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18 Josh E.

If I’m understanding this correctly, if you are under 59.5 AND you make a withdrawal – provided it’s the principle only – this is not subject to a 10% penalty?

I’m hoping that’s the case as some of the information out there is conflicting.

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19 Ryan

Josh, the money also has to pas the 5 year test – meaning it must have been in the account for 5 years before you can withdraw it. But when in doubt, always consult a financial professional.

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20 Steve

I withdrew a portion of my contribution from my Roth IRA. The 1099-R form I received list the proper amount withdrawn in the Gross Distrbution box 1 and in box 2b checked Taxable amount not determined. In box 7 the distribution code listed is J = Early distribution from a Roth IRA, no known exception. I under 591/2, but can not figure out how to enter the 1099-R information into my income tax return to reflect the amount withdrawn is 100% my contribution portion and not earnings. Any ideas?

Thanks,

Steve

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21 Ryan

Steve, I recommend speaking with a tax or investment professional to make sure your forms are filled out properly. It’s worth paying for professional advice specific to your situation any time you deal with retirement accounts.

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22 fredct

Steve, are you doing your taxes by hand, or using tax software?

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23 Steve

fredct,

I was doing them through taxact.com, but after reviewing the federal form and instruction booklet, it appears there are more options if I proceed by hand. Seems the software has limitations. Kind of frustrating since this does not seem like a difficult transaction to document. I plan to try Turbo Tax this weekend to see if it accepts my basis, otherwise, long hand it is.

Let me know if you have any other advice.

Steve

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24 fredct

Steve, I use taxact, so I just took a look… what you need to do is enter a basis for the IRA.

On the Help bar on the right, search for “basis in Roth IRA”, without the quotes. The first result will be “FAQ – Roth IRA – Entering Basis of Nonqualified Distributions” and it has step-by-step instructions.

They key is that, when entering the 1099-R, check the box that says “taxable amount not determined” (box 2b) and enter “J” as the code in box 7.

Then, when you’re done, go back to the “Federal Q&A” and under “retirement income” you’ll see a choice for “Nondeductible IRA’s (Form 8606)” (for you or your spouse). Click it, then Click ‘yes’ to review, and a couple screens later you’ll get to the “Roth IRA Distributions – Basis” screen, where you can enter your basis. Form 8606 it the one that has this information.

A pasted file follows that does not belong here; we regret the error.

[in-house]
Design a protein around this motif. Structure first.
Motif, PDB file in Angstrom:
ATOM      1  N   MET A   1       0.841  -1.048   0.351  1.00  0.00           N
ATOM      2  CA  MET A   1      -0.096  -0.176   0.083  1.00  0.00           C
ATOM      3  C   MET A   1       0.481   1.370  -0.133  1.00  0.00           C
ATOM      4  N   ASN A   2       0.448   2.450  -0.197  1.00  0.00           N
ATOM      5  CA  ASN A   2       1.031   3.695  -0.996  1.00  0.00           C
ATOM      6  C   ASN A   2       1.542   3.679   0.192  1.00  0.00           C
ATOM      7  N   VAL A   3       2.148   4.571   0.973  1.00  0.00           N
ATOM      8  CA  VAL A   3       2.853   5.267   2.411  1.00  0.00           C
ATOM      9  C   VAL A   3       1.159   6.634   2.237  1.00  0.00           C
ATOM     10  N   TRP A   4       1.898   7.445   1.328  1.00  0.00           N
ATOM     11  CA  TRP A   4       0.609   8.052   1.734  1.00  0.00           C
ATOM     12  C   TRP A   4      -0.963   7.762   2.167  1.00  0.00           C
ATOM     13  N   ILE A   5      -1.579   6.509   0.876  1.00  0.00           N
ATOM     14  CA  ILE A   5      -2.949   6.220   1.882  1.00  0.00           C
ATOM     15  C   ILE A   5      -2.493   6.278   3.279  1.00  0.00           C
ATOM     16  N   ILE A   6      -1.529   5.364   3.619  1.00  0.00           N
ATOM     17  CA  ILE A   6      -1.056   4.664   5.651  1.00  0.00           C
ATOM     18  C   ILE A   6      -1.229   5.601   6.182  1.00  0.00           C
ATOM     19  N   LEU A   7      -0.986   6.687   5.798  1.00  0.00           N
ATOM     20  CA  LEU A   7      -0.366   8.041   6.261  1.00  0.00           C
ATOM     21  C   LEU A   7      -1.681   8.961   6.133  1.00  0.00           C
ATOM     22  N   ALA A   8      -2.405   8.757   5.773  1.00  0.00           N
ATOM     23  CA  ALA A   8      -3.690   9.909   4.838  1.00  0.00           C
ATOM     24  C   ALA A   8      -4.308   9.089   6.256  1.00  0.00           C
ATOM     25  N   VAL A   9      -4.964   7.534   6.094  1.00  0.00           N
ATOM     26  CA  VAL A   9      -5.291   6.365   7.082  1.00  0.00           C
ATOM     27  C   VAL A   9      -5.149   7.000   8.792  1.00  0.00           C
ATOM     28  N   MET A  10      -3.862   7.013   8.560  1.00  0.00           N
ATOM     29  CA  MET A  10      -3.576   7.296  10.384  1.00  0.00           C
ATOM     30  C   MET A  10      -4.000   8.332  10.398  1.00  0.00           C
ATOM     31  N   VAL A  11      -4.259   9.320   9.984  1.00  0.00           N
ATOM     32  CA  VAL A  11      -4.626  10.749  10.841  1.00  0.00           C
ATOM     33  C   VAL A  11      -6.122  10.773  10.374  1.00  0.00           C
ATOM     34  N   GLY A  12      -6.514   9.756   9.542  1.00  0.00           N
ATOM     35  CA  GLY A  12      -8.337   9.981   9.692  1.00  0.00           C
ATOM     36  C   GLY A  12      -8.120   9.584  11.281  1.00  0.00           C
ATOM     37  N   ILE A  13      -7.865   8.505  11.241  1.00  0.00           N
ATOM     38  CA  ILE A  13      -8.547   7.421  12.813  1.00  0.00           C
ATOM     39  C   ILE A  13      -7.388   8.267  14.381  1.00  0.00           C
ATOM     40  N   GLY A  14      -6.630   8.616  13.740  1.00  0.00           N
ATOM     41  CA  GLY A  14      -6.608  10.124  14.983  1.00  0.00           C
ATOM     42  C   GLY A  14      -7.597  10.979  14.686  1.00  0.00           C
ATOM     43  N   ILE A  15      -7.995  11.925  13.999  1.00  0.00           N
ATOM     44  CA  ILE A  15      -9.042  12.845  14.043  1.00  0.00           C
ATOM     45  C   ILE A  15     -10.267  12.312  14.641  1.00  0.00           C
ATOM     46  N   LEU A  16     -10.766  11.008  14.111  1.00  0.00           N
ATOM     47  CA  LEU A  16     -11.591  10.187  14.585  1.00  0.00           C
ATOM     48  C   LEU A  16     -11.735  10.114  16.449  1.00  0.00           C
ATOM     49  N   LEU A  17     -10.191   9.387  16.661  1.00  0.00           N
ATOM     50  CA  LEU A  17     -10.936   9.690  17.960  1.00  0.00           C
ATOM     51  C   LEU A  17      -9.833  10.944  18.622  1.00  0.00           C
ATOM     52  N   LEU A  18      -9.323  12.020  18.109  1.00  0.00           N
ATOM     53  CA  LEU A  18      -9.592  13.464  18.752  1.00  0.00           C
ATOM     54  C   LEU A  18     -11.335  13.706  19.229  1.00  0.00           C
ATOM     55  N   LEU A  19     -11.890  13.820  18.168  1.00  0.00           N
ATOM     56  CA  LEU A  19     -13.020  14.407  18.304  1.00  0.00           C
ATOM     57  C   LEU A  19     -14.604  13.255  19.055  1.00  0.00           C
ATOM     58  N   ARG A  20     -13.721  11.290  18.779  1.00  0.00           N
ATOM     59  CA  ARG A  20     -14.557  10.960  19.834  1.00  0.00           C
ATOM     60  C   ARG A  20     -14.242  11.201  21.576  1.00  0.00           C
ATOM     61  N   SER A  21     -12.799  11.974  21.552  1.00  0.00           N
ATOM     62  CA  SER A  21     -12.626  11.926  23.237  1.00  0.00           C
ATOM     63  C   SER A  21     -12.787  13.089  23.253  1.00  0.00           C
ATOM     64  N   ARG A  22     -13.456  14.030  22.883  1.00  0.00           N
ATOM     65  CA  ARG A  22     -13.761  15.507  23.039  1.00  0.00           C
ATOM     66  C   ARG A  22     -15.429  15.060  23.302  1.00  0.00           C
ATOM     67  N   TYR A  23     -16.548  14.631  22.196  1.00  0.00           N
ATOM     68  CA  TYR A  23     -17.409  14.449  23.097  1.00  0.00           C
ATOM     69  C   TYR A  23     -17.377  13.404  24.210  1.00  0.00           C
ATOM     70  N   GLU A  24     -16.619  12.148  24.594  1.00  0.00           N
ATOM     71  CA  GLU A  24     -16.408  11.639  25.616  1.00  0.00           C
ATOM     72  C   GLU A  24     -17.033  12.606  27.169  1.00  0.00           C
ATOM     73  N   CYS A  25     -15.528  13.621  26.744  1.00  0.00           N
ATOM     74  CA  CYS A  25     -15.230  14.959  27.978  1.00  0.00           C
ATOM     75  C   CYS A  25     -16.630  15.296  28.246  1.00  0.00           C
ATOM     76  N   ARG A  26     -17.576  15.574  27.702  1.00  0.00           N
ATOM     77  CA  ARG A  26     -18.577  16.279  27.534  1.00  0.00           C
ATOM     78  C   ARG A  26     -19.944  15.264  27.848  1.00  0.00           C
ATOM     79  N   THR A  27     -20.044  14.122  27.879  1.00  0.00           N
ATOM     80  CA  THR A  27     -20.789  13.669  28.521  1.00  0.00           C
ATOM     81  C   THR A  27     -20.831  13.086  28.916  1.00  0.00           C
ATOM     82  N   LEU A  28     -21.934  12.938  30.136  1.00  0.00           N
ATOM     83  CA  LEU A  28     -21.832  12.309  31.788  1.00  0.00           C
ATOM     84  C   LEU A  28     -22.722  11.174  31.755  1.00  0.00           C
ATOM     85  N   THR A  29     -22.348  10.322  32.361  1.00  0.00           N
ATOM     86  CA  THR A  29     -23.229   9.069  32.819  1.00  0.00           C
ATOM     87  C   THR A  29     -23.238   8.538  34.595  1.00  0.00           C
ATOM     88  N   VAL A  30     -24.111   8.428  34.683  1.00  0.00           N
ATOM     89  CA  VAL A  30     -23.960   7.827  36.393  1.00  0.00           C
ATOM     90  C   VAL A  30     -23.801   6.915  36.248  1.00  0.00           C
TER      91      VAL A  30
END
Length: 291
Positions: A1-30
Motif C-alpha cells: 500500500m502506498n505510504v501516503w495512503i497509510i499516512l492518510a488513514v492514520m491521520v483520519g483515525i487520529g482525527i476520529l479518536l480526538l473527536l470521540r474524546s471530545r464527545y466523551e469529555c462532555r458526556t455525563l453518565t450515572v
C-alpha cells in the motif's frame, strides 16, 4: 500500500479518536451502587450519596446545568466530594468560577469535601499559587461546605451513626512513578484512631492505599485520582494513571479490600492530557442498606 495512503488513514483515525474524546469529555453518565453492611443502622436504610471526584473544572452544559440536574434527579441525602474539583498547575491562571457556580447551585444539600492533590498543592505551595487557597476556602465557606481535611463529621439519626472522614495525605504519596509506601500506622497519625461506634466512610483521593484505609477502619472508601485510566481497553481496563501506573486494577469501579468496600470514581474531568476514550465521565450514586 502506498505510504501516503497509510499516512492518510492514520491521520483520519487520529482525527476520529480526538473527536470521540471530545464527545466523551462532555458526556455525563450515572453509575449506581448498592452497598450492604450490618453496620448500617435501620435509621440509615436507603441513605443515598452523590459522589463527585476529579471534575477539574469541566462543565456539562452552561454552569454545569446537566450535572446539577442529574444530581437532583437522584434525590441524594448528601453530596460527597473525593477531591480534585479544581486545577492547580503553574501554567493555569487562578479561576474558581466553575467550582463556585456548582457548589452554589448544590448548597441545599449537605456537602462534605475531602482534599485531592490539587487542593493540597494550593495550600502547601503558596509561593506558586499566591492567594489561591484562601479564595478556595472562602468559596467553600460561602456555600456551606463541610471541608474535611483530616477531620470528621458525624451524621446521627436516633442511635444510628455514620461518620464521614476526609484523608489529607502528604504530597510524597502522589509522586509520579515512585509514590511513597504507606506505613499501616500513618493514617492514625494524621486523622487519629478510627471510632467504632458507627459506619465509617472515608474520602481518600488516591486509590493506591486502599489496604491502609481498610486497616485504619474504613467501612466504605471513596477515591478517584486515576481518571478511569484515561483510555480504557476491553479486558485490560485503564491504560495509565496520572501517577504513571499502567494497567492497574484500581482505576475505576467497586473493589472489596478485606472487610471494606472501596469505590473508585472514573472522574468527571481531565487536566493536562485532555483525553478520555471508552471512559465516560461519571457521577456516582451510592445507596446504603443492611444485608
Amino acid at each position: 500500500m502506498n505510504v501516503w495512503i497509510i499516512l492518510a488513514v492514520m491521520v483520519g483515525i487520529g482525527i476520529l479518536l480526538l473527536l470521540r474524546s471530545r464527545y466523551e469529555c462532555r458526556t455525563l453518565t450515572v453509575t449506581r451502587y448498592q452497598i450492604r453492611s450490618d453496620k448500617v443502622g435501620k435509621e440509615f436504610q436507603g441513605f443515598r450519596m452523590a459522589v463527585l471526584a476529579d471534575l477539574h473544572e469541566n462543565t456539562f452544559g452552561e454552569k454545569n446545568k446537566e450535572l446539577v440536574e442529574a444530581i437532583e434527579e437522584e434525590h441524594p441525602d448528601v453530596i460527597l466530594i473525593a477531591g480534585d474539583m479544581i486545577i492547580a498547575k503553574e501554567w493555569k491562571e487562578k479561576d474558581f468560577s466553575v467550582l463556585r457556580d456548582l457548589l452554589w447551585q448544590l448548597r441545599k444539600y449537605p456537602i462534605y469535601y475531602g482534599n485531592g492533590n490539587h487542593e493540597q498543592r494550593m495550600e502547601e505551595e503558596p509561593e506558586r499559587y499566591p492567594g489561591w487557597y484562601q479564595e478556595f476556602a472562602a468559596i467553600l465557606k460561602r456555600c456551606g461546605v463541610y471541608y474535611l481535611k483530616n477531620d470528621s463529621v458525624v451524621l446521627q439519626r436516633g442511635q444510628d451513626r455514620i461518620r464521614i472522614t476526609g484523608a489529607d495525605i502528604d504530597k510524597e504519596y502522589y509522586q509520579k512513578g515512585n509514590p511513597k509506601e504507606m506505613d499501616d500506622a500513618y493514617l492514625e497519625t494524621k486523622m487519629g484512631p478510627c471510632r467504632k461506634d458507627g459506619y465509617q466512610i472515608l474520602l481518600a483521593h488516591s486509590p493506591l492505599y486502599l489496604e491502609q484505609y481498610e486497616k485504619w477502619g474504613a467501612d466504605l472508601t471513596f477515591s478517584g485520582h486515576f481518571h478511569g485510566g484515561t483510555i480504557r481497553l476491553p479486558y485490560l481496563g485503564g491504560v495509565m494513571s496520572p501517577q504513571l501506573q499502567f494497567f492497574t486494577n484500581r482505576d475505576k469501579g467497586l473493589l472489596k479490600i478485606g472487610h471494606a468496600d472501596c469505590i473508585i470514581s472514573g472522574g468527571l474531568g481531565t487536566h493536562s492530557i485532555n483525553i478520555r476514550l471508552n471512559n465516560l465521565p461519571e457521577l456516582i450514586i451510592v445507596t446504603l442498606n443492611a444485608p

If you can’t follow my instructions, the Help should be more detailed.

I admit that TaxAct isn’t quite as friendly as I’d like (it should really give you that option without going back to the Form 8606), but it’s much cheaper than the others, so I’m willing to dig into the help to get the answer.

I’d also suggest giving them feedback on this… I’ve had a lot of luck with them implementing changes of mine the following year.

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25 Steve

fredct,

Thank you. Your help got me to where I needed to be. Appreciate you taking time to help a fellow tax payer!

Let me know if you are ever passing through Keokuk, IA and I’ll pick up dinner.

Steve

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26 Shawn

My wife and I had this exact same issue. Thanks for posting the steps for taxact.com.

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27 Val

Fredct,
Thanks for posting the taxact steps for form 8606, for Steve and others (including me), it was very helpful !
Val.

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28 Scott

freedct – I had the exact same issue in TaxAct too! thanks so much for figuring it out for us!

29 Steve Sertell

My understanding of the ROTH IRA is that one can take money out of it as long as the initial ROTH has been active for over five years and the person is 59 1/2 or older. The actual funds that the money was put into do not need to stay in the ROTH for five years, i.e. the ROTH was opened in 2003 but the individual draws from a mutual fund contribution made in 2008 that is part of the ROTH. That said, it wouldn’t seem logical for someone to put money in a ROTH at age 70, if he or she couldn’t touch it until they were 75. Where does the truth lie? Thanks.

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30 fredct

I don’t understand your confusion Steve. First, you can only contribute to an IRA if you have earned income (i.e. income from a job). So few 70-year-olds will quality to make an IRA contribution anyhow.

Second, what you state would only be true if the 70 year old had never contributed to a Roth at any time if the previous 70 years of their life.

Third, the 5-year rule only applies to *profits* on a Roth. You can take out your contributions at any time.

Finally, if that’s the case – there’s a working 70 year old who has never contributed to a Roth before *and* they need all the money (including profits) in less than 5 years , then, yes, a Roth probably doesn’t make any sense.